|Figure 2: Receiver operating curve of the reaction time in predicting mortality at the median survival time|
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| Results|| |
The mean age of our study population was 52, with 30' of our patients being elderly. We had a balanced sex-ratio in our study population. The mean BMI was 23.2 although we had 12 obese patients, the majority of whom had undergone bariatric surgical procedures. We had 19 patients who have undergone emergency surgical procedures and developed multiorgan dysfunction. Of our patient population, the largest number of patients had undergone GI surgical procedures followed closely by oncosurgical procedures. Most patients (76') had more than one of the Charlson comorbidities [Table 1].
Our first aim in this study was to compare the coagulation status of the patients as assessed by TEG and lab parameters on the three study days. On day 1, 86' of the patients had a deranged coagulation as per lab studies versus 46' as per TEG. On day 3, 90' of the patients had deranged lab values versus a 70' who had deranged TEG. On day 5, the figures were 69' versus 64' for TEG [Table 2]. Lab parameters were consistently more deranged than the TEG parameters. However, when we compared the lab coagulation status and the coagulation status as per TEG, on days 1, 3, and 5 by McNemar test, there was a significant difference in the coagulation status as assessed by TEG and lab parameters on day 1 (P = 0.004) but not on days 3 and 5.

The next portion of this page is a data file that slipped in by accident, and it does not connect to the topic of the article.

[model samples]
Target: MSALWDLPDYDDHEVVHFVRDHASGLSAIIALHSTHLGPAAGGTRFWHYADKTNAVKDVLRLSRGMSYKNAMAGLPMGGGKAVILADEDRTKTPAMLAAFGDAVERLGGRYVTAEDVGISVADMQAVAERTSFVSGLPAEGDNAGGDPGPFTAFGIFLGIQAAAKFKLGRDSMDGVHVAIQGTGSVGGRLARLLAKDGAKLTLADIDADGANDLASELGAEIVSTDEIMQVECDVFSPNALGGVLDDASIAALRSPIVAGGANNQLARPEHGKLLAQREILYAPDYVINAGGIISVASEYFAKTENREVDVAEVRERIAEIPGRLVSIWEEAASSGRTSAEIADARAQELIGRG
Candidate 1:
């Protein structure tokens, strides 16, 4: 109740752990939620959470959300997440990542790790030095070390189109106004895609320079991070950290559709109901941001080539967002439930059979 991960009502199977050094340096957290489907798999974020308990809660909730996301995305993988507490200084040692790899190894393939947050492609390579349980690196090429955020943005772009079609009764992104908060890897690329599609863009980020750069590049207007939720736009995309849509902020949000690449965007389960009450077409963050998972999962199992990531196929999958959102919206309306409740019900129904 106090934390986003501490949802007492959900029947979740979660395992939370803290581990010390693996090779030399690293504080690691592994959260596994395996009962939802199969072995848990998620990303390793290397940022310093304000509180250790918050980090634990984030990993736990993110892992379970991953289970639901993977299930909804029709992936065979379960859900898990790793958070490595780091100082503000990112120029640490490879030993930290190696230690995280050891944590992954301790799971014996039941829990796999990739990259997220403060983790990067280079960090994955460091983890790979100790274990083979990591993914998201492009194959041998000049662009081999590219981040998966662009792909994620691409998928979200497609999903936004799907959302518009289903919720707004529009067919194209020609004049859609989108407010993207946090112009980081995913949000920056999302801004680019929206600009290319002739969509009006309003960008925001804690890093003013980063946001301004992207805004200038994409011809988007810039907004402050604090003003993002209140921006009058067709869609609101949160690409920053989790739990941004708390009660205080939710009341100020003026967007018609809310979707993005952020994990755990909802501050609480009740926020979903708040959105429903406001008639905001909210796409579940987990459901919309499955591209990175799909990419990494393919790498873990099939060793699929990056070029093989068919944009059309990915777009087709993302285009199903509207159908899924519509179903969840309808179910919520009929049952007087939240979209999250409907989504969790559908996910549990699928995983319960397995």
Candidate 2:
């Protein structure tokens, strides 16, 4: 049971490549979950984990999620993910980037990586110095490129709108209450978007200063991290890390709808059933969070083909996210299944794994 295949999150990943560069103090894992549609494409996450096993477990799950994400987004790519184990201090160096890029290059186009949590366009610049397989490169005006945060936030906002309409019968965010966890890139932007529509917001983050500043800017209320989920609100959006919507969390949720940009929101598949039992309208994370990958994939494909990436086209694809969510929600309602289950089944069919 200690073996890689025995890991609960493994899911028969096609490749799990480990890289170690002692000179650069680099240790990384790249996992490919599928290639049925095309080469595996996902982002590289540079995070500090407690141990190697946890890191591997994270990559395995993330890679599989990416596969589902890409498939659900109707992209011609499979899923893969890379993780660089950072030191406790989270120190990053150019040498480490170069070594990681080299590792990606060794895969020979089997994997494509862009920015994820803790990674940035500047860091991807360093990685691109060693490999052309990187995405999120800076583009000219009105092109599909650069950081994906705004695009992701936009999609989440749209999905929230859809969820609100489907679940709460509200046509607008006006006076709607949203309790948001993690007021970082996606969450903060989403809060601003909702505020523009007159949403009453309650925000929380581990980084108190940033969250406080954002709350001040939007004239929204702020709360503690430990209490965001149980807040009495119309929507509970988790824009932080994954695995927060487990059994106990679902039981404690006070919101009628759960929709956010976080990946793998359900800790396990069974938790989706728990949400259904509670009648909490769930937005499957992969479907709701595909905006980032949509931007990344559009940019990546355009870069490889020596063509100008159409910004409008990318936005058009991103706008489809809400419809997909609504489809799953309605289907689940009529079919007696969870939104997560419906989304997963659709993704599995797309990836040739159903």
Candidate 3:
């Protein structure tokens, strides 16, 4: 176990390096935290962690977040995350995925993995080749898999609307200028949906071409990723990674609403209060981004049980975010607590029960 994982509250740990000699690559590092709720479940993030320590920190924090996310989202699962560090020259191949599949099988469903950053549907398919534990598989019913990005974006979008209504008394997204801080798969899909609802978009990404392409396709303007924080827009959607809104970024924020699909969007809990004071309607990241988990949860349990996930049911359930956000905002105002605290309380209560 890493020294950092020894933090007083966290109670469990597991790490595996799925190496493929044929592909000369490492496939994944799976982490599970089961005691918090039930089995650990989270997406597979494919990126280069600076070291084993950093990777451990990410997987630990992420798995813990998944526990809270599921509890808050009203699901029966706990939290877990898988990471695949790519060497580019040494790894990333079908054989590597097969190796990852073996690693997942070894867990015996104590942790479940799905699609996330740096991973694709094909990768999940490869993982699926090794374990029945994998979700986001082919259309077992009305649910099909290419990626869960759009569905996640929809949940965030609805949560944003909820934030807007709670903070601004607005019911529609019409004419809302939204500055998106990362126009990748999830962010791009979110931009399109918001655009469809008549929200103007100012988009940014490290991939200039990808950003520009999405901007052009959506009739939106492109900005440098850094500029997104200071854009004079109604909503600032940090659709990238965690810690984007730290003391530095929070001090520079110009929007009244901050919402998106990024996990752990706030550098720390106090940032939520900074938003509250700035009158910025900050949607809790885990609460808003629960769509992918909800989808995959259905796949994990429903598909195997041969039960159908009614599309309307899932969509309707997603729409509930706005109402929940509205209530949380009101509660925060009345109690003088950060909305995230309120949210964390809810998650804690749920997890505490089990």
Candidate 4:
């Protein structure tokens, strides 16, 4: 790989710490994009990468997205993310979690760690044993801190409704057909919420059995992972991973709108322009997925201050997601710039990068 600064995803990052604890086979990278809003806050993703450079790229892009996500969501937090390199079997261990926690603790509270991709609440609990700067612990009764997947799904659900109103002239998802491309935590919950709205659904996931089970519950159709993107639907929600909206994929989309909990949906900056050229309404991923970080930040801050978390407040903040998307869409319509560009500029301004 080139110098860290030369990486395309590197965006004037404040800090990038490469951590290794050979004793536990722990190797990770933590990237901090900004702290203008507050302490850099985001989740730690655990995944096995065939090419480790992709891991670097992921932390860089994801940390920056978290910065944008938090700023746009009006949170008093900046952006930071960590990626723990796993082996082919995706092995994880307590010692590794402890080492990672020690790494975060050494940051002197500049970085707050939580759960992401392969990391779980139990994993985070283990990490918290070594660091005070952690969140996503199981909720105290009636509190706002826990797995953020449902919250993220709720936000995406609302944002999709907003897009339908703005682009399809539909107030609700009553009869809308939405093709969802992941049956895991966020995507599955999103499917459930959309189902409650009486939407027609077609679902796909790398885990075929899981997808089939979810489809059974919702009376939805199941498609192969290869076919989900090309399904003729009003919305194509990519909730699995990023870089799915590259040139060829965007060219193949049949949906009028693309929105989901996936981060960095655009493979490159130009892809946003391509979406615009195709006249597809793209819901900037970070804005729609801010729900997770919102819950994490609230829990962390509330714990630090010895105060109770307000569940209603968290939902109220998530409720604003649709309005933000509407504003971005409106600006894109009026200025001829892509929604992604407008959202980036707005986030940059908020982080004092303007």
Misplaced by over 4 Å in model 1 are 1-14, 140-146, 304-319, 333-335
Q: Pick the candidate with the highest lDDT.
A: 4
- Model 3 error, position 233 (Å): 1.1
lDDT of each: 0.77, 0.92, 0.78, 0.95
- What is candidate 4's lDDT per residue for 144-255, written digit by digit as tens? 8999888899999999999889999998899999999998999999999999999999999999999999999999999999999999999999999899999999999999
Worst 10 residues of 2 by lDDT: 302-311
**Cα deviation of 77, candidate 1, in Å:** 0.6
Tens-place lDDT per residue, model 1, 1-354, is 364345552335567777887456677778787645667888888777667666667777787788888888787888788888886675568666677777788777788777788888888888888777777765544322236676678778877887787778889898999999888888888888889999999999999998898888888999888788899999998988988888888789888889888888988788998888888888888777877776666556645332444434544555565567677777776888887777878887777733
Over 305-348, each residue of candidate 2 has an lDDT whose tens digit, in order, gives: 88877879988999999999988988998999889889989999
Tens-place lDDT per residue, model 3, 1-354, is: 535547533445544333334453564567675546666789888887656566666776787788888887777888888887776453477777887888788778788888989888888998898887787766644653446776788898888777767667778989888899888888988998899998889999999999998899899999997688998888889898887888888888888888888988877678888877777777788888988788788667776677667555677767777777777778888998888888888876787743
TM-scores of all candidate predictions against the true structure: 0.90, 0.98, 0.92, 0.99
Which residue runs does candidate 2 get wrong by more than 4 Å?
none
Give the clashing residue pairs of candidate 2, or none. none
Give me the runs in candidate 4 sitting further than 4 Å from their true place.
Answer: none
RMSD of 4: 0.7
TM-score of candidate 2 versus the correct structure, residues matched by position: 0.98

|Table 2: Frequency of derangement of TEG and lab parameters on days 1, 3, 5|
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We then subdivided the study population into two groups based on deranged and normal TEG parameters and compared the ICU scores between them. The SOFA score in the group with deranged TEG was significantly higher on days 1 and 3 (P = 0.002 and P = 0.012) but not on day 5. The APACHE II score showed a similar pattern with significantly higher APACHE II score in the deranged TEG group on days 1 and 3 (P = 0.03) but not on day 5 [Table 3].
We subdivided our cohort into low and high ICU scores on the basis of the median score and also into normal and deranged coagulation on the basis of TEG parameters and lab coagulation values. A Chi-square test yielded a significant difference in the mortality of the two groups with normal and deranged TEG values (P = 0.014). No difference could be found in the patient population with low and high coagulation scores, both SOFA (P = 0.694) and APACHE (P = 0.066), and also in the patient population with deranged and normal lab coagulation values (P = 0.886).